It looked more like a smart wedding than a teachers' conference. Around 100 smartly dressed guests were respectfully gathered in the shaded light of a white marquee, specially erected in the grounds of an expensive hotel. Outside, the rain was pouring, but it didn't really matter. After all, the speaker was the heir to the British crown, and he was warming to his theme: the destruction of Britain's "cultural, linguistic and historical habitat". Blaming experts and educationists with their fashionable ideas, Prince Charles said that we Britons are growing up culturally disinherited, ignorant of our collective past. The great names of English literature have been reduced to a series of simple exercises, while their works lie gathering dust in the stockroom, unopened.
Welcome to Dunston Hall in Norfolk, and the second Prince of Wales Education Summer School for English and history teachers. This is in-service training Highgrove-style, a course of professional development so simultaneously high-powered and plush that nothing like it has been seen since, well, last year's Prince of Wales Education Summer School in Devon. There is every sign that the event is now a fixture.
First, it was architecture that got Charles into hot water; then it was his strong views on agriculture, the destruction of the hedgerows, and the menace of GM crops. Now, education has been added to the portfolio of princely controversies. Is the heir to the throne attempting to "interfere" in government policy, as some claim? Are his summer schools a legitimate forum for teacherly debate, or just a reactionary schmooze - traditionalist propaganda made more digestible with quantities of salmon and shiraz?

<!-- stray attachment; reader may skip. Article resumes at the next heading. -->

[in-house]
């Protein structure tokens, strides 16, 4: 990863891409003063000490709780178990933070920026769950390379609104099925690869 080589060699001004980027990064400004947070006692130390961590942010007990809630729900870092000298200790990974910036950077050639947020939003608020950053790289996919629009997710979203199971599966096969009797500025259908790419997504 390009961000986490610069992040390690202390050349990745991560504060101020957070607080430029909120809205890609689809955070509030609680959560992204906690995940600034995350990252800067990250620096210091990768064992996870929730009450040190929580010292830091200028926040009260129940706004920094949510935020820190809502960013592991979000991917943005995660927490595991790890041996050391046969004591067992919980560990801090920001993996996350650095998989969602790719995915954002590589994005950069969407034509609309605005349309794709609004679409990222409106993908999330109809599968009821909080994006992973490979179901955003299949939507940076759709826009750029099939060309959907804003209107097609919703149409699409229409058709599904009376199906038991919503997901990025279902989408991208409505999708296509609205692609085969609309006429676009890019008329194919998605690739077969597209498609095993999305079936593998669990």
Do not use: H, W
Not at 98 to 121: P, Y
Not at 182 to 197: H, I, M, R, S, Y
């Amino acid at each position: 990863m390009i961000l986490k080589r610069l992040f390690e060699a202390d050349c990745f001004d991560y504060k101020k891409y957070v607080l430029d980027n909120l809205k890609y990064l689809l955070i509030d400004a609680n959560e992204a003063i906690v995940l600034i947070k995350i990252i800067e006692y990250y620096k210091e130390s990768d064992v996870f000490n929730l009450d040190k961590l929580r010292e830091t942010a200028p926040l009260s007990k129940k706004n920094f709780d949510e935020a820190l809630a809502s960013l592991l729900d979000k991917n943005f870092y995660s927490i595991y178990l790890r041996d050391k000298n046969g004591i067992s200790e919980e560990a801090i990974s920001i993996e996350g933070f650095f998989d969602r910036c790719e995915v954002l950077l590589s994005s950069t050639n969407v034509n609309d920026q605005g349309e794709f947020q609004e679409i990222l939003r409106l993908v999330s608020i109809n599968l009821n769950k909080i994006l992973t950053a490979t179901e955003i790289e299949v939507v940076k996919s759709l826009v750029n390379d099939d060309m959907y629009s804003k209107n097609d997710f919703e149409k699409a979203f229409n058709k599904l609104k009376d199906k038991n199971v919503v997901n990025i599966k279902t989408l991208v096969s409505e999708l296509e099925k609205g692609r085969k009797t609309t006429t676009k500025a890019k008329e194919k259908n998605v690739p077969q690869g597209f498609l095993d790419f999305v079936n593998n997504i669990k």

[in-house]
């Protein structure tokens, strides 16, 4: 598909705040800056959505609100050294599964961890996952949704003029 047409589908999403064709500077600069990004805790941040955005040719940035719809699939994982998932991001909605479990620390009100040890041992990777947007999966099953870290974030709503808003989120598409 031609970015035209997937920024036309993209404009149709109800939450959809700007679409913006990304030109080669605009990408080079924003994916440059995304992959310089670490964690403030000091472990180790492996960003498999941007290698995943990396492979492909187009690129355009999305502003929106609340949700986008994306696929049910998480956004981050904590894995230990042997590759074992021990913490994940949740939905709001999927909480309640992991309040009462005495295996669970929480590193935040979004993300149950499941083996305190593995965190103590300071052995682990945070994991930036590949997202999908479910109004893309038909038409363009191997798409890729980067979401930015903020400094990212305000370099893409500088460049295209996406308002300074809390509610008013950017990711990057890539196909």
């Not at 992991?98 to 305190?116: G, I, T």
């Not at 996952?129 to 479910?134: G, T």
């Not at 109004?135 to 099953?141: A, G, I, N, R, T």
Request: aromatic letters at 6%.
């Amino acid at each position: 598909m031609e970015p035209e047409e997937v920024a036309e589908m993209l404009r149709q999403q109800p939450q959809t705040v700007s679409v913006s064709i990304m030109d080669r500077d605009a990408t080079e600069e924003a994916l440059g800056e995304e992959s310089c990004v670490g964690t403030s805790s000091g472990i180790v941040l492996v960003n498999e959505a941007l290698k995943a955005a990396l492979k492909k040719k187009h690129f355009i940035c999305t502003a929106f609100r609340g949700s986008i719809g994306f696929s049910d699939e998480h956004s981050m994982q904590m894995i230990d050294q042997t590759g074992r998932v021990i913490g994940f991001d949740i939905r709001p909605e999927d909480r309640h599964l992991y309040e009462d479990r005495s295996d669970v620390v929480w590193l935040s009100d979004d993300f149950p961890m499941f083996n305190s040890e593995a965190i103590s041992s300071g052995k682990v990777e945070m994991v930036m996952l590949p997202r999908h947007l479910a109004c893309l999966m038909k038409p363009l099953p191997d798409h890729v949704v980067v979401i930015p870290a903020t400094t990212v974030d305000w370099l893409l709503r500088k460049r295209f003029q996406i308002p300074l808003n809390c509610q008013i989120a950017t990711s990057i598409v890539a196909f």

Prince Charles is accused of interfering whenever he opens his mouth, so it is not hard to find critics of the summer schools. The historian Tristram Hunt has been among the most prominent, publicly accusing the Prince of using them as a Trojan Horse for the views of his "circle of conservative cronies". To criticise "fashionable" educationists, he says, is to attack "progressive" educationists. "The point I'd make is that it was unrepresentative to have the intellectual feel of the summer school led by [conservative historians such as] Dr David Starkey and Professor Niall Ferguson. I have enormous admiration for them, but there's another story to be told.
"Where was Eric Hobsbawm or Patrick Collinson? Prince Charles's comments come within a broader social and political agenda. I think the debate is good and the summer school is good. But there's an intellectual context that is just not agenda-free."
It is certainly true that some of Prince Charles's occasional sounding-boards on education - Chris Woodhead and the columnist Melanie Phillips, for example - do have conservative views. Conspiracy theorists will be further encouraged to learn that the fee-paying sector, in particular the North London Collegiate School, has a major role in organising the event.
There is no doubting the level of influence at work. The Prince of Wales raised most of the money for the four-day event through anonymous donors, but the conference was also supported with cash from the Department for Education and Skills, said to be £15,000. The opening ceremonies were watched by Ken Boston, the chief executive of the Qualifications and Curriculum Authority, and Sue Horner, the QCA's head of English. Dr Anthony Seldon, headmaster of Brighton College and biographer of John Major, now writing about Tony Blair, was there briefly, along with Melanie Phillips. The closing session featured a panel of senior figures from Ofsted, the QCA and the Teacher Training Agency, not to mention the director general for schools at the DfES itself.